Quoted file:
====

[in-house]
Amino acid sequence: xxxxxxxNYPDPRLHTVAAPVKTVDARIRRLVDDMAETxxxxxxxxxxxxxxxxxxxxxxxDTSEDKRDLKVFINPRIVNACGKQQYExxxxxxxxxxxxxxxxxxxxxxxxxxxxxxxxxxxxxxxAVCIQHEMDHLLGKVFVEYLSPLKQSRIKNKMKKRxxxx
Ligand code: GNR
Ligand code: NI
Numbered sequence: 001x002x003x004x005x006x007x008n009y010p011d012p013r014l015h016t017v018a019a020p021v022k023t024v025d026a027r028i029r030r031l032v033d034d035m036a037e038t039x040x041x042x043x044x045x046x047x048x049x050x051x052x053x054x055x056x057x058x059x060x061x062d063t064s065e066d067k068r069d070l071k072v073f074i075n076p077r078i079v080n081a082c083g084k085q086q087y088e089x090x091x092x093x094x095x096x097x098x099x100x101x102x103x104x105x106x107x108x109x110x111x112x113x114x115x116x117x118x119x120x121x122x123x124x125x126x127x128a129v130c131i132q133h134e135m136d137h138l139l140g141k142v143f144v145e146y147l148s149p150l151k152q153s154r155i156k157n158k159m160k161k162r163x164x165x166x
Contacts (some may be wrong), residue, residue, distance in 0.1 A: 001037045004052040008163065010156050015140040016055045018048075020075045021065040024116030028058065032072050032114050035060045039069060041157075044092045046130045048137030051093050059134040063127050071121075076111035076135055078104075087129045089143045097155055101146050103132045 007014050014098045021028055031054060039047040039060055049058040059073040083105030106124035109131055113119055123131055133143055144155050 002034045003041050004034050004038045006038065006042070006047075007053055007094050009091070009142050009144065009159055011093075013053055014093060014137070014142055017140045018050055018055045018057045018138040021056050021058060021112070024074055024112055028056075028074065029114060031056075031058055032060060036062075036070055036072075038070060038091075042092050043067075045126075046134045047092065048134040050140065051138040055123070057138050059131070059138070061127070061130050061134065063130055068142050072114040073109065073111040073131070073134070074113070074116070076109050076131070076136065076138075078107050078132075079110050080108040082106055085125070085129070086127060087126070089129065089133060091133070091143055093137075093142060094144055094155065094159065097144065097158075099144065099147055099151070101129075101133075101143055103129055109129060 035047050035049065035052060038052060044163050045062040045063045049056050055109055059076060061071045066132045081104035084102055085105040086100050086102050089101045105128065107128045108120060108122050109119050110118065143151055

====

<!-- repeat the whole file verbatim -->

[in-house]
Amino acid sequence: xxxxxxxNYPDPRLHTVAAPVKTVDARIRRLVDDMAETxxxxxxxxxxxxxxxxxxxxxxxDTSEDKRDLKVFINPRIVNACGKQQYExxxxxxxxxxxxxxxxxxxxxxxxxxxxxxxxxxxxxxxAVCIQHEMDHLLGKVFVEYLSPLKQSRIKNKMKKRxxxx
Ligand code: GNR
Ligand code: NI
Numbered sequence: 001x002x003x004x005x006x007x008n009y010p011d012p013r014l015h016t017v018a019a020p021v022k023t024v025d026a027r028i029r030r031l032v033d034d035m036a037e038t039x040x041x042x043x044x045x046x047x048x049x050x051x052x053x054x055x056x057x058x059x060x061x062d063t064s065e066d067k068r069d070l071k072v073f074i075n076p077r078i079v080n081a082c083g084k085q086q087y088e089x090x091x092x093x094x095x096x097x098x099x100x101x102x103x104x105x106x107x108x109x110x111x112x113x114x115x116x117x118x119x120x121x122x123x124x125x126x127x128a129v130c131i132q133h134e135m136d137h138l139l140g141k142v143f144v145e146y147l148s149p150l151k152q153s154r155i156k157n158k159m160k161k162r163x164x165x166x
Contacts (some may be wrong), residue, residue, distance in 0.1 A: 001037045004052040008163065010156050015140040016055045018048075020075045021065040024116030028058065032072050032114050035060045039069060041157075044092045046130045048137030051093050059134040063127050071121075076111035076135055078104075087129045089143045097155055101146050103132045 007014050014098045021028055031054060039047040039060055049058040059073040083105030106124035109131055113119055123131055133143055144155050 002034045003041050004034050004038045006038065006042070006047075007053055007094050009091070009142050009144065009159055011093075013053055014093060014137070014142055017140045018050055018055045018057045018138040021056050021058060021112070024074055024112055028056075028074065029114060031056075031058055032060060036062075036070055036072075038070060038091075042092050043067075045126075046134045047092065048134040050140065051138040055123070057138050059131070059138070061127070061130050061134065063130055068142050072114040073109065073111040073131070073134070074113070074116070076109050076131070076136065076138075078107050078132075079110050080108040082106055085125070085129070086127060087126070089129065089133060091133070091143055093137075093142060094144055094155065094159065097144065097158075099144065099147055099151070101129075101133075101143055103129055109129060 035047050035049065035052060038052060044163050045062040045063045049056050055109055059076060061071045066132045081104035084102055085105040086100050086102050089101045105128065107128045108120060108122050109119050110118065143151055